Fundamental particles of the quantum realm behave in seemingly impossible ways: they can exist in two places at once, or disappear and reappear somewhere else instantly. It is so weird that ‘spooky science’ fits the label under which they operate.

Quantum processes may occur not quite so far from our ordinary world as we once thought. Quite the opposite: they might be at work behind some very familiar processes, from the photosynthesis that powers plants – and ultimately feeds us all – to the familiar sight of birds on their seasonal migrations. Quantum physics might even play a role in our sense of smell.

A well-trained human nose can distinguish between thousands of different smells. But how this information is carried in the shape of the smelly molecule is a puzzle. Many molecules that are almost identical in shape, but jigger with one by swapping around an atom or two shall have very different smells. Vanillin smells of vanilla, but eugenol, which is very similar in shape, smells of cloves. Some molecules that are a mirror image of each other – just like your right and left hand – also have different smells. But equally, some very differently shaped molecules can smell almost exactly the same. Luca Turin, a chemist at the BSRC Alexander Fleming institute in Greece observes that there are inconsistencies.

He argues that the molecule’s shape alone isn’t enough to determine its smell. He says that it’s the quantum properties of the chemical bonds in the molecule that provides the crucial information.

According to Turin’s quantum theory of olfaction, when a smelly molecule enters the nose and binds to a receptor, it allows a process called quantum tunnelling to happen in the receptor.

In quantum tunnelling, an electron can pass through a material to jump from point A to point B in a way that seems to bypass the intervening space. For the same reason in photosynthesis of plants how electrons achieve efficiency in photosynthesis owes to the same tunneling. As with the bird’s quantum compass, the crucial factor is resonance. A particular bond in the smelly molecule, Turin says, can resonate with the right energy to help an electron on one side of the receptor molecule leap to the other side. The electron can only make this leap through the so-called quantum tunnel if the bond is vibrating with just the right energy.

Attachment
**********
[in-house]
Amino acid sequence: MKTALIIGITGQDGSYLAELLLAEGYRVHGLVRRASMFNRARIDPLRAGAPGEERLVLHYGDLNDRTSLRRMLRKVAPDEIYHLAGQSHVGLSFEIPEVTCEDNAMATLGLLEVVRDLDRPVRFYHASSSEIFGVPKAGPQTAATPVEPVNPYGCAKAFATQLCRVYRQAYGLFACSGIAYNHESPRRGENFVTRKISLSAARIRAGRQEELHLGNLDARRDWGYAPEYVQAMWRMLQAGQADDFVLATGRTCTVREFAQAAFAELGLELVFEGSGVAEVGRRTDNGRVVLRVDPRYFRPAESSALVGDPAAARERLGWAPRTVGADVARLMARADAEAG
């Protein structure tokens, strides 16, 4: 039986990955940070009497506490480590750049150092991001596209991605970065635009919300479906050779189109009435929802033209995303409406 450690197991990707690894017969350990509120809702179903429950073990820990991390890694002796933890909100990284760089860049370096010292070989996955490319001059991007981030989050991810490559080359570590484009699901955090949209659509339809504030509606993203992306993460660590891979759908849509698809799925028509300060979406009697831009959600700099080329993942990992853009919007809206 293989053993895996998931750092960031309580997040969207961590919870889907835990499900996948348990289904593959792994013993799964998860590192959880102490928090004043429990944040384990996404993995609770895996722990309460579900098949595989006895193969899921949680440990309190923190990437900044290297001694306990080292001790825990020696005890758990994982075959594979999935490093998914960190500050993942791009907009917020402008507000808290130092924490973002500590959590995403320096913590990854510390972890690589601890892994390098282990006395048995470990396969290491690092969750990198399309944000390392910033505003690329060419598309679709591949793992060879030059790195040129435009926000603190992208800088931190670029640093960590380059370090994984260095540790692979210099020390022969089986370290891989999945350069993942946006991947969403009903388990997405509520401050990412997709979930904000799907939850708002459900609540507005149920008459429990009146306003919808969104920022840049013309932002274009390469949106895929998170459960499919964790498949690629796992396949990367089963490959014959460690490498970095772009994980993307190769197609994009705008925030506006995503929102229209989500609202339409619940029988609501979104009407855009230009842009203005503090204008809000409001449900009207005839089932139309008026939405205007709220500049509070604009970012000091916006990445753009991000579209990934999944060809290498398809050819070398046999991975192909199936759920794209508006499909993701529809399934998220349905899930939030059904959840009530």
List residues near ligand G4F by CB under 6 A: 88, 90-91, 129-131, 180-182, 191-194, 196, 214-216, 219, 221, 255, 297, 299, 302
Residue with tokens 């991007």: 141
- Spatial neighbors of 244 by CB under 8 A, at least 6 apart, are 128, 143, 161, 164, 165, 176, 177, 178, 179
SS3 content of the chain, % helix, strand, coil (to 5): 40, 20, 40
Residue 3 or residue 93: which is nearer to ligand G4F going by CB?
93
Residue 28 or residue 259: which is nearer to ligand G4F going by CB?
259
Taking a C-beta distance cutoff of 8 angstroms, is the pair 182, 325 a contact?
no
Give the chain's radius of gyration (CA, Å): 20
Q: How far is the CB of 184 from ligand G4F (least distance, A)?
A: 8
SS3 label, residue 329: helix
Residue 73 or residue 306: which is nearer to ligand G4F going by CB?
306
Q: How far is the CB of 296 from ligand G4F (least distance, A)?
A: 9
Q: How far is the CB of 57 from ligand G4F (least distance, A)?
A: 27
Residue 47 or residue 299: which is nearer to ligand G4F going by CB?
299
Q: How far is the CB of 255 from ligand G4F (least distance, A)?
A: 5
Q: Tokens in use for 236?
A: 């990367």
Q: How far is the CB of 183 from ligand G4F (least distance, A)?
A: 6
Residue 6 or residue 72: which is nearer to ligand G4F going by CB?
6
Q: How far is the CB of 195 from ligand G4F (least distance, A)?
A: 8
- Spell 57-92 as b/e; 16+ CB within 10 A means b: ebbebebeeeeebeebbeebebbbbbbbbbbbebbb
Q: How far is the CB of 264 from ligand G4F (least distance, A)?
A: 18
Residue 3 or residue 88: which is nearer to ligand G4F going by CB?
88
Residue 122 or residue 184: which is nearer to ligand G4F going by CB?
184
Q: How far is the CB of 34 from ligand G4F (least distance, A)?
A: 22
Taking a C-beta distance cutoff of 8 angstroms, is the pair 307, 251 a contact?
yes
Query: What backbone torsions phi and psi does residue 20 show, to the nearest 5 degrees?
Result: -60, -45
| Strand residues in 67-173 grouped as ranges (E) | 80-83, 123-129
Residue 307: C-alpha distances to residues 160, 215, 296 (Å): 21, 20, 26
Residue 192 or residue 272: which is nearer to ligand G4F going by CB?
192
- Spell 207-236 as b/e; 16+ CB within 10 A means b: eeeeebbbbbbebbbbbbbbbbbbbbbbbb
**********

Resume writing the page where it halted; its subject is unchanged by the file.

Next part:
When the electron leaps to the other site on the receptor, it could trigger a chain reaction that ends up sending signals to the brain that the receptor has come into contact with that particular molecule. This, Turin says, is an essential part of what gives a molecule its smell, and the process is fundamentally quantum.

The strongest evidence for the theory is Turin’s discovery that two molecules with extremely different shapes can smell the same if they contain bonds with similar energies.

Turin predicted that boranes – relatively rare compounds that are hard to come by – smelled very like sulphur, or rotten eggs. He’d never smelt a borane before, so the prediction was quite a gamble.

He was right. Turin says, “Borane chemistry is vastly different – in fact there’s zero relation – to sulphur chemistry. So the only thing those two have in common is a vibrational frequency. They are the only two things out there in nature that smell of sulphur.”

While that prediction was a great success for the theory, it’s not ultimate proof.


Whether or not nature has evolved to make use of quantum phenomena to help organisms make fuel from light, tell north from south, or distinguish vanilla from clove, the strange properties of the atomic world can still tell us a lot about the finer workings of living cells.

(To be concluded)

Read Full Post »

Older Posts »